Computational Design of 2D Covalent-Organic Framework Membranes for Organic Solvent Nanofiltration
mediaposted on 2018-11-27, 00:00 authored by Wan Wei, Jie Liu, Jianwen Jiang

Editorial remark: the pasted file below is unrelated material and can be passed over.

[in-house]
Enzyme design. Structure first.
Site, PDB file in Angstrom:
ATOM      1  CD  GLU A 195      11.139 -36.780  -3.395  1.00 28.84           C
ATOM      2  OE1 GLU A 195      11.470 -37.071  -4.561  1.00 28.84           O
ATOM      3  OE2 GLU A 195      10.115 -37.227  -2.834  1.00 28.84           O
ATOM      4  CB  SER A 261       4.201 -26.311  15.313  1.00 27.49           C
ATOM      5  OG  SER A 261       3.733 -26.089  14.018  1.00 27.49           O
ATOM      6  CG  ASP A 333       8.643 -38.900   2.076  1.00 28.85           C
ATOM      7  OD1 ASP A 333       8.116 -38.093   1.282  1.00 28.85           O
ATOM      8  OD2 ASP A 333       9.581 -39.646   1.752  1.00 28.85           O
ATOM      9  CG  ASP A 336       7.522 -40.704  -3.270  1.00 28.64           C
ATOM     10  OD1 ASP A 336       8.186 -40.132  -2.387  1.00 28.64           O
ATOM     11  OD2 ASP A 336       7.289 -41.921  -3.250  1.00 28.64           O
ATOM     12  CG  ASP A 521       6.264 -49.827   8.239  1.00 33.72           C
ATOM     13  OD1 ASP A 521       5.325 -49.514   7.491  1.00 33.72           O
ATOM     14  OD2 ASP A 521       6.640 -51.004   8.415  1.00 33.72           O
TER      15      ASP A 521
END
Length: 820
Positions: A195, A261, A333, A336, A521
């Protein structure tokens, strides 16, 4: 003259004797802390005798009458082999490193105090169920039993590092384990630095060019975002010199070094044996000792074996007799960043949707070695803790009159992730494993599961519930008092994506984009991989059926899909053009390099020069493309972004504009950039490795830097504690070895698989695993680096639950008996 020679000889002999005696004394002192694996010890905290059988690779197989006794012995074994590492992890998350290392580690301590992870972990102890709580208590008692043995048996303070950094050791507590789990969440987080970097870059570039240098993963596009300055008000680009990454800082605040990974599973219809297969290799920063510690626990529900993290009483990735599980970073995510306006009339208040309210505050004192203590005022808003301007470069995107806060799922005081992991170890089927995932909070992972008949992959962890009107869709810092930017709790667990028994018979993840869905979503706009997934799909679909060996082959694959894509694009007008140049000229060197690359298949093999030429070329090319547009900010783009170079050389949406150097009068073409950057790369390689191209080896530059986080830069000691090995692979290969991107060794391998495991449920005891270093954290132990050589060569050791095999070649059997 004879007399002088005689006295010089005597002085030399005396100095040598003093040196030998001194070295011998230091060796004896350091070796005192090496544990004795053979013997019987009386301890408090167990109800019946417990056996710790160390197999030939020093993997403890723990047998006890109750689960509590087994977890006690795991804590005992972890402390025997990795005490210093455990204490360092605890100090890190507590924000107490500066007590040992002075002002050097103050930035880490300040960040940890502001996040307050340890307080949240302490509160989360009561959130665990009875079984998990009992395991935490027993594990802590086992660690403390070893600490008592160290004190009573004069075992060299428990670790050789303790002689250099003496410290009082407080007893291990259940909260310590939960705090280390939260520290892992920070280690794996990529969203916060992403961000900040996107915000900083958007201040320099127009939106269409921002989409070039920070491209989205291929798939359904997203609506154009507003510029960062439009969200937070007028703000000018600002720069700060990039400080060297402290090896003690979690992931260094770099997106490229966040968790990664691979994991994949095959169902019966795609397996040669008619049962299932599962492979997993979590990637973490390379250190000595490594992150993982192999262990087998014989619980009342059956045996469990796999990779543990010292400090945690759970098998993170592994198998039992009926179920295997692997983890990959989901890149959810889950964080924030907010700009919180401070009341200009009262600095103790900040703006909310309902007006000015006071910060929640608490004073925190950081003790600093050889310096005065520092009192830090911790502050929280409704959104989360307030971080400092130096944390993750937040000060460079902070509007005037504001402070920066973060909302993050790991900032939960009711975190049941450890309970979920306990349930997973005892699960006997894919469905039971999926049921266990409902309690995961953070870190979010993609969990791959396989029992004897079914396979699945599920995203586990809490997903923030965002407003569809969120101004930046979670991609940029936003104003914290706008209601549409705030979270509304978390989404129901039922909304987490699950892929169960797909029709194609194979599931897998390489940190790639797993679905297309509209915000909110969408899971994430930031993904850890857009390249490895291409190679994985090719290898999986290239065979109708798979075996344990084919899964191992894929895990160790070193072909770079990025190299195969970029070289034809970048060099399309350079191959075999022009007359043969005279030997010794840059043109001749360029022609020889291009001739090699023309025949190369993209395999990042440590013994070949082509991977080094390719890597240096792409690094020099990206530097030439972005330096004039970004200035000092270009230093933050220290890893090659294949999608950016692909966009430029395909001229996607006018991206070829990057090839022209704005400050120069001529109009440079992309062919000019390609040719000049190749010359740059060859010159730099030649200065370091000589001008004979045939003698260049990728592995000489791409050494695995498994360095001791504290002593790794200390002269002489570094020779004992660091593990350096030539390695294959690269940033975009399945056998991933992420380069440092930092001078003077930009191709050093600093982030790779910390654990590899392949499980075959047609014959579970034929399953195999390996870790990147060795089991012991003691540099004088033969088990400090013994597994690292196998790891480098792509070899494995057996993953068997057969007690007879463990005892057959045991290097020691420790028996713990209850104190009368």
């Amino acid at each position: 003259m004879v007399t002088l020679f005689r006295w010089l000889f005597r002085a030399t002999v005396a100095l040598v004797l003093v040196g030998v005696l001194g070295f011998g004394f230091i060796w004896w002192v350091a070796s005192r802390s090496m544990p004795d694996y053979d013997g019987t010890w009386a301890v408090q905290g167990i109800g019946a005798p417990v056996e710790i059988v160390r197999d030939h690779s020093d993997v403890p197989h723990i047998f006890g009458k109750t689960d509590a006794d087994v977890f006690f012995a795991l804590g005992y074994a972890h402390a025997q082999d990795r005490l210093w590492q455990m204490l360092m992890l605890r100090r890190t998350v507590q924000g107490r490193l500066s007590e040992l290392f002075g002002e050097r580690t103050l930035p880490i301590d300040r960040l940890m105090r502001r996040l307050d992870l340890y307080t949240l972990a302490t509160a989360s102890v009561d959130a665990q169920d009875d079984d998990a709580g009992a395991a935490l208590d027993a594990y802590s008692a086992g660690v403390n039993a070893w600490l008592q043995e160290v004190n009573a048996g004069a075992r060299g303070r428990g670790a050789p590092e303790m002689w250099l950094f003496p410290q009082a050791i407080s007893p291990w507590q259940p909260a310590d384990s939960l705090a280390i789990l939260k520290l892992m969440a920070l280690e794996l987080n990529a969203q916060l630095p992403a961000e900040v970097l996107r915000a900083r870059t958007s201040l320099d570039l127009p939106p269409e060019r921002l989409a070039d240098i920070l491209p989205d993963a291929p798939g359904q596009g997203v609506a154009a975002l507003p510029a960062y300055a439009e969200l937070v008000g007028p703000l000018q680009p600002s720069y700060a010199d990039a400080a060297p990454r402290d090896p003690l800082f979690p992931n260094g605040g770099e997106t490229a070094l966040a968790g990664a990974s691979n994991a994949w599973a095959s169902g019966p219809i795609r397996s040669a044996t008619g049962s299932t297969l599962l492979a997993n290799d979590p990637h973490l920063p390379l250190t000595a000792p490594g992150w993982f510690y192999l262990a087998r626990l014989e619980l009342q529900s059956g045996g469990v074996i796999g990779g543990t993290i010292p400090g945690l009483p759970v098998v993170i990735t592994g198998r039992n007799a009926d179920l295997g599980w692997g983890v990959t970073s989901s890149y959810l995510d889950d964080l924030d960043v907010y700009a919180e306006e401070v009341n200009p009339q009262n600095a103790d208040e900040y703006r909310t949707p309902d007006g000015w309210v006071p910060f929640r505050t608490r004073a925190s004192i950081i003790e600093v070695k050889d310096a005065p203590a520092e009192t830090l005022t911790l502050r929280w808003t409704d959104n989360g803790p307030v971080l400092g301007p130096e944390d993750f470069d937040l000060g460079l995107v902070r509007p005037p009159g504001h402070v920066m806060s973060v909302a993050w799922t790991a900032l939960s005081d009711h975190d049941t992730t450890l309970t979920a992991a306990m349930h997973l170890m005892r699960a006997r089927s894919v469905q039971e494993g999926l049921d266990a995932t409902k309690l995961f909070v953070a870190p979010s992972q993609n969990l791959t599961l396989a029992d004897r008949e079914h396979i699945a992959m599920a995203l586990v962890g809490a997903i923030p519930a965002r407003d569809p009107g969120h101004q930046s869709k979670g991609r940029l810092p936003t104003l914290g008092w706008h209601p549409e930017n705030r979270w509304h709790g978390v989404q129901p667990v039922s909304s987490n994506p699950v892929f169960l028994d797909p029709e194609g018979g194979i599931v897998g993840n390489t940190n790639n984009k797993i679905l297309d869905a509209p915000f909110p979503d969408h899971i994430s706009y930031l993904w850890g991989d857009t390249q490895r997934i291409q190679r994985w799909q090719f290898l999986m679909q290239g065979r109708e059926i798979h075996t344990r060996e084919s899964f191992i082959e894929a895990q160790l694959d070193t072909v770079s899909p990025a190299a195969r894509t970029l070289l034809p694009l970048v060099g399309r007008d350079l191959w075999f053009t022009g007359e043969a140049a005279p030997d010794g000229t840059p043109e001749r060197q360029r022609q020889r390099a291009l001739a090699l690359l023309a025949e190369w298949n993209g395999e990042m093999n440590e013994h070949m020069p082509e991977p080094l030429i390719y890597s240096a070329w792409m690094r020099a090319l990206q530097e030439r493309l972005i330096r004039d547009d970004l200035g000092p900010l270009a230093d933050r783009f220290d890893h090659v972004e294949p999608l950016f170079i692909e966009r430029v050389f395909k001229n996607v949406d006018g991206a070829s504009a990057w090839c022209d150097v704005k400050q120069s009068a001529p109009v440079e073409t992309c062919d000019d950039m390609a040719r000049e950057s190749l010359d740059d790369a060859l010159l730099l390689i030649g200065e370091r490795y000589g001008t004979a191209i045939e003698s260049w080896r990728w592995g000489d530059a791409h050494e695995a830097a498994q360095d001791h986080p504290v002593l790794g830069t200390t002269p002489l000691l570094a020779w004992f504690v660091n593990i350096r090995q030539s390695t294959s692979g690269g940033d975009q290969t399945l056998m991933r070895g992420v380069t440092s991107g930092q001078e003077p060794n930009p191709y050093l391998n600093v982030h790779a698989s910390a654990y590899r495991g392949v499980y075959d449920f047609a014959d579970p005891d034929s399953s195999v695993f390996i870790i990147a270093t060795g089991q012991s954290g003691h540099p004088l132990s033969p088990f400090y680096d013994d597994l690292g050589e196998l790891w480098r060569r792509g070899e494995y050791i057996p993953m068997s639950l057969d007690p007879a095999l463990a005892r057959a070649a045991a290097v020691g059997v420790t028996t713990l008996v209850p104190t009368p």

Covalent-organic frameworks (COFs) are ordered crystalline materials covalently formed by building blocks of light elements. There has been increasing interest in the development of COF membranes for chemical separation. In this study, seven two-dimensional (2D) COF membranes are computationally designed with different functional groups and aperture sizes. By 245 sets of molecular simulations, the seven ultrathin COF membranes are investigated for organic solvent nanofiltration (OSN) of seven solvents (acetonitrile, acetone, methanol, ethanol, isopropyl alcohol, methyl ethyl ketone, and n-hexane) and four solutes (2,5-furandiamine, paracetamol, α-methylstyrene dimer, and Nile red). The solvent fluxes through the COF membranes are revealed to be governed by the aperture size and membrane functionality, as well as solvent properties. In general, the larger the aperture size, the higher is the flux. For membranes with comparable aperture size, the hydrophobic one exhibits higher fluxes than the hydrophilic counterpart for all the solvents except n-hexane. To elucidate this trend, solvent structures near the membranes are analyzed and the potentials of mean force for solvent permeation are evaluated. The solvent permeances through hydrophobic and hydrophilic membranes are correlated respectively with two different combinations of solvent properties. The solute rejection is found to depend on a complex interplay among solute size and polarity, solvent viscosity, solute–solvent interaction, aperture size and membrane functionality. In the presence of solutes, solvent permeances are reduced by approximately 10%. From the bottom-up, this comprehensive computational study provides quantitative insights into solvent permeation and solute rejection in the COF membranes, unravels the key governing factors, and would facilitate the development of new membranes for high-performance OSN.